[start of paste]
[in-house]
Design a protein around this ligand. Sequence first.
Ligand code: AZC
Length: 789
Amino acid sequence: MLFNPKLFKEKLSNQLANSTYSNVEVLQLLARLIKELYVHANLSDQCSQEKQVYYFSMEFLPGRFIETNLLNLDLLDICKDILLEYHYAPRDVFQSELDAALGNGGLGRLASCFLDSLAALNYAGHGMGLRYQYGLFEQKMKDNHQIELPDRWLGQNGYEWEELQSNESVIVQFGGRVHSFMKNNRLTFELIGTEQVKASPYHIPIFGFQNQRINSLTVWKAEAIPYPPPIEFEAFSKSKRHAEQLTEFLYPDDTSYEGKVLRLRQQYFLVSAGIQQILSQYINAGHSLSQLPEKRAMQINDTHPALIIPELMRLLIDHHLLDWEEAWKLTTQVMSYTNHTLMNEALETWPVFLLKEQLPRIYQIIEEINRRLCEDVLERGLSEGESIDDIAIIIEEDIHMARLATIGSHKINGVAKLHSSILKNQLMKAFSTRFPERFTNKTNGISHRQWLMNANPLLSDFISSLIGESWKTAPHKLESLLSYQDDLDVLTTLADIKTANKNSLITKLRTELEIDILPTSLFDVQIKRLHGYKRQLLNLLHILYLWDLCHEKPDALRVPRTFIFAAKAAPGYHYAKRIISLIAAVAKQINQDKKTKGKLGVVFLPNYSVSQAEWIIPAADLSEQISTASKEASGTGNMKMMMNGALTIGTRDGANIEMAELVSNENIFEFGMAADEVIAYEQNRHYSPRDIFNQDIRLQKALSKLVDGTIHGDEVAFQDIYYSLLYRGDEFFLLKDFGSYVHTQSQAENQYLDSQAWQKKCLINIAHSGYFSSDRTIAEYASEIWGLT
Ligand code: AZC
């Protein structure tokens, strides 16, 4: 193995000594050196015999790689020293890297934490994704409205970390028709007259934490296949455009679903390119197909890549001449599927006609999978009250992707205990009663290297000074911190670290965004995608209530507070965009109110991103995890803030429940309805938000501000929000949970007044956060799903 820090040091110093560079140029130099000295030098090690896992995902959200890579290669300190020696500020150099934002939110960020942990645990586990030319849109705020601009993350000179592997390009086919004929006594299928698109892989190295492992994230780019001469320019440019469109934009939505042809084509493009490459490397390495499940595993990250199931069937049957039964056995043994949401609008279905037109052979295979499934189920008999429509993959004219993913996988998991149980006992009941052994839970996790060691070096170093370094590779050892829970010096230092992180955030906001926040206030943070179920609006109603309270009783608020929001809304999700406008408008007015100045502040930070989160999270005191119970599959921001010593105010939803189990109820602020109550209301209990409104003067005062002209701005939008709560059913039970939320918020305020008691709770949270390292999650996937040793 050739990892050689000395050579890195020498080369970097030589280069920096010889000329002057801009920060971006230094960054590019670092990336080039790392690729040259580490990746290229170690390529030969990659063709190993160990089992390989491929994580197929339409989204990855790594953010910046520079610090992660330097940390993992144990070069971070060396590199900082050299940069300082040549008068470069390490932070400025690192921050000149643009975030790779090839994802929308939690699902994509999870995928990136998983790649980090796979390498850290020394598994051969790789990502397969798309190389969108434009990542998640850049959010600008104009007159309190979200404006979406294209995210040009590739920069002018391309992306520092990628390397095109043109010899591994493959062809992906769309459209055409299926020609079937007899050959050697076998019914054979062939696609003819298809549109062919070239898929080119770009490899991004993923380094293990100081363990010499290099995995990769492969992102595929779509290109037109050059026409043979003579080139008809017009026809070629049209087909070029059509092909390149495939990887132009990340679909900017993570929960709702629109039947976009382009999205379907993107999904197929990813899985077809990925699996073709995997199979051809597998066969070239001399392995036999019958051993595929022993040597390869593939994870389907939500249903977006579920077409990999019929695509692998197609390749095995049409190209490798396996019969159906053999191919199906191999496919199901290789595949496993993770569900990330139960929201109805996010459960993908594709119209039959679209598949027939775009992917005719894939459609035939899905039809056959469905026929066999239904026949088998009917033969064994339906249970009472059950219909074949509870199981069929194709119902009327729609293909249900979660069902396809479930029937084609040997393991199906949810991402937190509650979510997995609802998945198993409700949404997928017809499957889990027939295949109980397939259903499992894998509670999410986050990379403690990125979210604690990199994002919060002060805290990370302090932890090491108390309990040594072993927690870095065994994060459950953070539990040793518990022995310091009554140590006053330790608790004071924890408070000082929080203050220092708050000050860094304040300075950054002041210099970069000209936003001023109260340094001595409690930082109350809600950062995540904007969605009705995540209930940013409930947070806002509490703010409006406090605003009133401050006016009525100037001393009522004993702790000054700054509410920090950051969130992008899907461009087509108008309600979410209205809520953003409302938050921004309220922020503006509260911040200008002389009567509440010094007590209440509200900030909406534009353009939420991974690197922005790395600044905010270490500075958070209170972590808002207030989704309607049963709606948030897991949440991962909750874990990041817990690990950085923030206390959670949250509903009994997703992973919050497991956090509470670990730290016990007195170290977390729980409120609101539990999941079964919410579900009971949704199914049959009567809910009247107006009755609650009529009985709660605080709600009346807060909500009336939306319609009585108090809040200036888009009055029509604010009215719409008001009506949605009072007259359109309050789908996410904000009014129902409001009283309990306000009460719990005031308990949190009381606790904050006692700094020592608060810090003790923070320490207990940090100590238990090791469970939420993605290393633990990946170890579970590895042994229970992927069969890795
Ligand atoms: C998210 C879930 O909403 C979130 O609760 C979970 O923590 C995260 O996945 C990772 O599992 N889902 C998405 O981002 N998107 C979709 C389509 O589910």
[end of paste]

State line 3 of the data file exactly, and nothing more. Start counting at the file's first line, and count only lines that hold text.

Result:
Ligand code: AZC